We also investigated signs of anxiety and abilities associated with learning and memory, because such signs are common in MCI and Alzheimer's patients.[26, 27] Six additional standardized questions were posed by the investigators to address these categories. The questions from the validated questionnaire and the additional questions are presented in Table 1.
Table 1. Distribution of clinical signs displayed by dogs in the b-CCD group and the CCD group
Separation anxiety started after the age of 8 years
Irrational reaction/fear to well-known objects
Trying to escape specific well-known situations, seems frightened
Reduced ability to learn new tasks
Reduced ability to perform known tasks
Reduced ability to adjust to changes
To secure a uniform interview, the primary investigator (RF) performed the structured interviews. Answers were recorded for each dog in a separate file. Each interview lasted for a minimum of 20 minutes.
Based on the score obtained in the validated questionnaire, dogs were allocated into 3 groups; dogs with a score = 10 (the non-CCD group), dogs with a low CCD score ranging from 11 to 15 (the borderline CCD [b-CCD], and the CCD group with a total score >15). The motivation for investigating a b-CCD group separately was prompted by human geriatric medicine, which employs the term MCI. People identified with MCI have an increased risk of later developing dementia, especially of the AD type, and it is of interest to identify such patients, because they can be targeted for early therapeutic intervention.[21, 24, 28] The cutoff of 15 for the b-CCD group was chosen, because dogs with CCD scores from 11 to 15 were characterized by signs appearing in the questionnaire, which also may appear with natural aging (eg, increased sleeping).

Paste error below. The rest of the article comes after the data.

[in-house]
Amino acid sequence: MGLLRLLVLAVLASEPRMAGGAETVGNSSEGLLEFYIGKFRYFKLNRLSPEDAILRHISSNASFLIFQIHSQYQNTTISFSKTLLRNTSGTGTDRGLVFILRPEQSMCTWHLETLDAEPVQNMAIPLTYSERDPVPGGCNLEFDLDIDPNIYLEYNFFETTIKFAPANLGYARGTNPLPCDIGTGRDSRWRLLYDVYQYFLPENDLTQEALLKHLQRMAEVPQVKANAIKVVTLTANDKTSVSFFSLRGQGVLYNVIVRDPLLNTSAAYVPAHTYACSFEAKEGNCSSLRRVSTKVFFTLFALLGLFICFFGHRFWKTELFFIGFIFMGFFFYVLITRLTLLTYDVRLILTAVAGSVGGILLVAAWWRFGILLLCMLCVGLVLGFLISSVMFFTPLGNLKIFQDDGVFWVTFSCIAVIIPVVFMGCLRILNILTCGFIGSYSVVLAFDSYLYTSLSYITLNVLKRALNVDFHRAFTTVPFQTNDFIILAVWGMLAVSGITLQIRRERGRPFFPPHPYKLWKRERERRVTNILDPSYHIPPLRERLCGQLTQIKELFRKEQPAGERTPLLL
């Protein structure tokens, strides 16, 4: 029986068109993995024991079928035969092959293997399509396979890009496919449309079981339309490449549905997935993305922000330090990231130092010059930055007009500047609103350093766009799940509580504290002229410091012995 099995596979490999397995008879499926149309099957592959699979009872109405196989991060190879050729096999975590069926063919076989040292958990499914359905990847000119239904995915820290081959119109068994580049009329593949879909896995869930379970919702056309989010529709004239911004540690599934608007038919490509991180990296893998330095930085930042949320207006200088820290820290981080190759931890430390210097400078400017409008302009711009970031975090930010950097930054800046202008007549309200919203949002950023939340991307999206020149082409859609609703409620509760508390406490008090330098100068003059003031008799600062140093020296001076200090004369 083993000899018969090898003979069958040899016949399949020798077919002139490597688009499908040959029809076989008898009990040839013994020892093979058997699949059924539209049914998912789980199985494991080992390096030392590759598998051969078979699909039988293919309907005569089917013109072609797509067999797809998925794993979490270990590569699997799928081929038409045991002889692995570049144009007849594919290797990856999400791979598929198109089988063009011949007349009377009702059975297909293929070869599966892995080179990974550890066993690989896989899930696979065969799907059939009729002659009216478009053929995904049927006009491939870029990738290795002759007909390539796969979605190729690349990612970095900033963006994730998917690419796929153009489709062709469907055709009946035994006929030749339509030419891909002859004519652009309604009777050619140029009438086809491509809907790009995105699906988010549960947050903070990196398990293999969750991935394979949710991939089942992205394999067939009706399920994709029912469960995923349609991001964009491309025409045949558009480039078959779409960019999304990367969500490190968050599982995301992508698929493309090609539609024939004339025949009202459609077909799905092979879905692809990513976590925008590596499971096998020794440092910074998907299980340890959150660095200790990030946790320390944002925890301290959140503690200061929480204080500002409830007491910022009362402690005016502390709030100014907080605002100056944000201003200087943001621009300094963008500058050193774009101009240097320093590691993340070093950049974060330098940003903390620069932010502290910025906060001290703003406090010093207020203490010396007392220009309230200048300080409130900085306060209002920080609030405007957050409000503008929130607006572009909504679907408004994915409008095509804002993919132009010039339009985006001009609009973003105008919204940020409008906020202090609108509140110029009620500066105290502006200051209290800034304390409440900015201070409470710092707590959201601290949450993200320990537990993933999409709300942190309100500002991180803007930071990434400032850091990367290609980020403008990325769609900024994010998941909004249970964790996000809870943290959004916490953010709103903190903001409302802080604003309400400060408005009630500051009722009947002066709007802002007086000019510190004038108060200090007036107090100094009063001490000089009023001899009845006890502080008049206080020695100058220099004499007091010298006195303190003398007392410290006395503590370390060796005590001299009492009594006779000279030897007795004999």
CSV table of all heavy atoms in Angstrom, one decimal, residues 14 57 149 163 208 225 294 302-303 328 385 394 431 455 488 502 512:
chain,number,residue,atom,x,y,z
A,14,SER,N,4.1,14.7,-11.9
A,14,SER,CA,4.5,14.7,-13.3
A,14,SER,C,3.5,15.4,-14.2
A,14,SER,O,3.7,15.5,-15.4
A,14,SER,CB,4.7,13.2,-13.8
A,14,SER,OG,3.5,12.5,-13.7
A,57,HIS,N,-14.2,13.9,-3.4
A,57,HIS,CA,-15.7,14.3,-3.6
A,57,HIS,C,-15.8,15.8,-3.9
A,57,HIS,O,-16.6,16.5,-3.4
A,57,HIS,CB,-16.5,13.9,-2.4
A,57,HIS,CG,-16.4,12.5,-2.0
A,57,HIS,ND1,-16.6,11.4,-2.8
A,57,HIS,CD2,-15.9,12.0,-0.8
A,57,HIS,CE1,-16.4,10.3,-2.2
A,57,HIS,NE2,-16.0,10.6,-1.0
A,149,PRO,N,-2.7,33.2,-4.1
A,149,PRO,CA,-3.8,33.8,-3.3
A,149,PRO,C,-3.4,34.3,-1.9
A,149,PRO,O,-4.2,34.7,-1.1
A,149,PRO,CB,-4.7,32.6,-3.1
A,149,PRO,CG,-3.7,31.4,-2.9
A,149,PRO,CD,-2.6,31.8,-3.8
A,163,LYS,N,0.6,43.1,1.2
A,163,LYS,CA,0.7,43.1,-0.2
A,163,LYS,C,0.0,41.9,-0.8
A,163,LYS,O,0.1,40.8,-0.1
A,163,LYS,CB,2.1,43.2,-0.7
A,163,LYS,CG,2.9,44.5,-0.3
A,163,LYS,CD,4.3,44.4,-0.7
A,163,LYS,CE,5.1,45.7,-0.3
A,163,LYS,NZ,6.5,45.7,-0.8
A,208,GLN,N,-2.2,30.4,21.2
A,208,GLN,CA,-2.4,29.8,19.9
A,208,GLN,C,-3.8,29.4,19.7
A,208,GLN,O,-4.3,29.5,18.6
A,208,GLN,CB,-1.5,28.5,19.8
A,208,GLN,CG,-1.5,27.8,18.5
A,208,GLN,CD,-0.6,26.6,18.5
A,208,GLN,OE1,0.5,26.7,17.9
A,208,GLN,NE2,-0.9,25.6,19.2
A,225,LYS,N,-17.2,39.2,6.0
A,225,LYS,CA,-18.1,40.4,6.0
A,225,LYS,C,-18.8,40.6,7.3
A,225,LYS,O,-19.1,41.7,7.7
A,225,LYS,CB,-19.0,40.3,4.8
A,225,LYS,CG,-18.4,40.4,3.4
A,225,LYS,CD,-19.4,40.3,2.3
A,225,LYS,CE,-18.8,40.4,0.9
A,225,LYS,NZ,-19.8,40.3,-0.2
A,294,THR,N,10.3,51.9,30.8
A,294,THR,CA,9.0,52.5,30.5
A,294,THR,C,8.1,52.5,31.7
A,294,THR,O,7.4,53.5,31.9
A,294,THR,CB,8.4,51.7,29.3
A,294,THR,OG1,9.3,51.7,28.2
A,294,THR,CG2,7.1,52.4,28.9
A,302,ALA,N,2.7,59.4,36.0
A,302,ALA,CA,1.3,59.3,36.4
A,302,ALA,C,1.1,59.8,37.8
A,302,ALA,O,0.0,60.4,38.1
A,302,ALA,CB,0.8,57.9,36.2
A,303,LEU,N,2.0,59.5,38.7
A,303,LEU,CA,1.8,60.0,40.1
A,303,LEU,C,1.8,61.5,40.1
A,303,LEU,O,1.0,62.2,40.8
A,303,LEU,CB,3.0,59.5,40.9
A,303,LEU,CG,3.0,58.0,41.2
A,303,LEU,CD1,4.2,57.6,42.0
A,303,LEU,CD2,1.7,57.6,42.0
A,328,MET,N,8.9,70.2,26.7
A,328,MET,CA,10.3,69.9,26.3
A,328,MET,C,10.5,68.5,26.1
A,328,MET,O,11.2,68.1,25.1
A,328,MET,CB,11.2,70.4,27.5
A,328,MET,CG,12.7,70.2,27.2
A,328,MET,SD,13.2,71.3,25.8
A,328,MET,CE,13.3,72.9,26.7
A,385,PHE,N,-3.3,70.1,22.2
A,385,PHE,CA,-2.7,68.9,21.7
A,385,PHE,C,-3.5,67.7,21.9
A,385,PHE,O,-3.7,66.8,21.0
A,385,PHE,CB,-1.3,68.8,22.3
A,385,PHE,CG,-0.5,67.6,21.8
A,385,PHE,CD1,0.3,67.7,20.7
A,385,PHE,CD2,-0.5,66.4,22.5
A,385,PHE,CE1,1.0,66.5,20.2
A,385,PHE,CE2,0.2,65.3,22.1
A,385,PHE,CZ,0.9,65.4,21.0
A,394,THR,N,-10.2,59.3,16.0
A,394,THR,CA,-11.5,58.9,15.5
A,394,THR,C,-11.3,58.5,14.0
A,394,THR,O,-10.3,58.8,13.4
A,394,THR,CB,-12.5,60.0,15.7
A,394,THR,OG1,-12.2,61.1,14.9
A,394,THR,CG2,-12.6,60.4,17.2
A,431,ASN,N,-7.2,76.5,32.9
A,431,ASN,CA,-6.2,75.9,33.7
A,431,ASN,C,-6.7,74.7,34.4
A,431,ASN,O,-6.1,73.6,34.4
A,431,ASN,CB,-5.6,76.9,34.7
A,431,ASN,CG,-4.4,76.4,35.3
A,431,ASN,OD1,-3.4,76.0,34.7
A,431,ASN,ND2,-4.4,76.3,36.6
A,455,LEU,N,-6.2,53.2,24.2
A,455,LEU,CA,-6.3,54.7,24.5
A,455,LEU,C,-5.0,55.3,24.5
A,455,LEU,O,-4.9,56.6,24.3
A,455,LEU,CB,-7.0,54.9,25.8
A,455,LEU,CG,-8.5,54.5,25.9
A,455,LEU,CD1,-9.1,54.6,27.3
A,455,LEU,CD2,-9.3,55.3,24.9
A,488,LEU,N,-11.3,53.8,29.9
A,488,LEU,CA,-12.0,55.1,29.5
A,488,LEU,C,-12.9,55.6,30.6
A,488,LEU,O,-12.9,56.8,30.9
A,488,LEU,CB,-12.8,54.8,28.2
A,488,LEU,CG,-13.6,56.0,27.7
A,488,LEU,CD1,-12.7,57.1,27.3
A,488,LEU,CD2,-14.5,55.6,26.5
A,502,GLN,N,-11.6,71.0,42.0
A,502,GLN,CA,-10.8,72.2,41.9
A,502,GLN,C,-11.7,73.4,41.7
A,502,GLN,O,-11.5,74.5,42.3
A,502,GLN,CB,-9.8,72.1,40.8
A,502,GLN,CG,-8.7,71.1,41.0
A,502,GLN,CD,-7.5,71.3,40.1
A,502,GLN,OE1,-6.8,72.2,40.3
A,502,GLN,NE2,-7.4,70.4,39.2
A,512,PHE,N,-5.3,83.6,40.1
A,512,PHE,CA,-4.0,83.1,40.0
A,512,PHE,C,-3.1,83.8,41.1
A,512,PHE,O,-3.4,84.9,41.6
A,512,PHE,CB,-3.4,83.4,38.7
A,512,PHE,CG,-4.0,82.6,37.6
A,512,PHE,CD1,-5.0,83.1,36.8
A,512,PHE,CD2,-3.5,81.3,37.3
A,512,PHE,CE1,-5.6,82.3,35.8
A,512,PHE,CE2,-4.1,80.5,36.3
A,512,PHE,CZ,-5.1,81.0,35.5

To be included in the CCD group, it was mandatory for owners to allow a clinical and neurological examination, standard hematological and serum biochemistry profiles, and a thyroid panel including T4 and TSH results. A urinalysis was also performed if indicated. In addition, owners were offered an MRI scan of their dog's brain to document possible cortical atrophy that may support a diagnosis of CCD and exclude other intracranial pathology. This procedure was optional attributable to professional and ethical reasons because anesthesia was required. The owners, therefore, were given the possibility to decline MRI. However, MRI was mandatory if the dog showed neurological signs indicating a lesion localized to the brain. Diagnostic imaging was evaluated by a board-certified veterinary radiologist.
To be included in the b-CCD group and the non-CCD group, it was mandatory for owners to allow a clinical examination, whereas a neurological examination and standard hematological and serum biochemistry profiles and a thyroid panel including T4 and TSH could not be performed for professional and ethical reasons without clinical indication and the owner's consent.
Based on the clinical evaluation, dogs were excluded from the study if abnormalities were detected on clinical and on diagnostic tests that suggested concurrent systemic or brain disease that may mimic signs of CCD.
Description of Study Groups